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The Parkinson Association of SWFL

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Parkinson’s disease is one of the fastest-acting neurodegenerative diseases in the human population, yet the condition is largely avoided in conversation. Many people are afraid of the disease and the symptoms it presents, which results in those with Parkinson’s eventually isolating themselves from the world. The Parkinson Association of Southwest Florida has been working to overcome that fear for more than 20 years by bringing discussions about the disease into the open. Not only that, but they also offer a support group specifically focused on medical cannabis and its impact on Parkinson’s patients. I had the chance to speak with members of the Association’s staff and learn more about who they are, what they’re doing, how they’re handling medical cannabis, and the impact that their efforts are having on patients and the community at large.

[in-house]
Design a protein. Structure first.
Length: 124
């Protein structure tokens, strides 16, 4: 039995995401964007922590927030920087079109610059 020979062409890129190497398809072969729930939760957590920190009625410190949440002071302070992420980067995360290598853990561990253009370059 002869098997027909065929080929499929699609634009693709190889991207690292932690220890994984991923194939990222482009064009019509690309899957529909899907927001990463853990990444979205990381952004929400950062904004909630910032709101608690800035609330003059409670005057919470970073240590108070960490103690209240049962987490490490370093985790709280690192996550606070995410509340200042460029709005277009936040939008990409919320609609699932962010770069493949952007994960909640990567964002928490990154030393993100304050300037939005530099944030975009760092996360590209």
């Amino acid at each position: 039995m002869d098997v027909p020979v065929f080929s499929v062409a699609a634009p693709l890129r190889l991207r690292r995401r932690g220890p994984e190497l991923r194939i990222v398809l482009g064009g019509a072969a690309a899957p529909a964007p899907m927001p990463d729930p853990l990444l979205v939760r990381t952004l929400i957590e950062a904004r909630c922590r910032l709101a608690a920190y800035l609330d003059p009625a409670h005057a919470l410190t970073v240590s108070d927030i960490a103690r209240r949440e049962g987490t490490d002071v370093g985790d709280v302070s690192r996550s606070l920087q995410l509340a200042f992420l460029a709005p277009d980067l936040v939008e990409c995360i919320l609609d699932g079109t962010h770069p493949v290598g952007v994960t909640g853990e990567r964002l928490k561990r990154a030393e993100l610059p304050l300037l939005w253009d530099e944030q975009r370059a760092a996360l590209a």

Who is the Parkinson Association of Southwest Florida?

The Parkinson Association of Southwest Florida was started in Naples, Florida in 1997 by two retired school teachers. For much of the Association’s early years, it was a primarily grassroots, volunteer-driven effort, run from their living room. There wasn’t a formal structure or business organization, it was simply volunteers coming together to help patients in the community. The Association has since formalized as a nonprofit organization, but volunteers remain their heartbeat. It is entirely self-funded through the support of the residents of Southwest Florida and receives no government or national organization funding. They are supported by a variety of fundraisers that include the organization’s Step Up For Parkinson’s Walk (Previously Heart and Sole Walk) as well as celebrity visits from people such as Jimmy Choi of American Ninja Warrior and former White House Press Secretary Sarah Huckabee Sanders.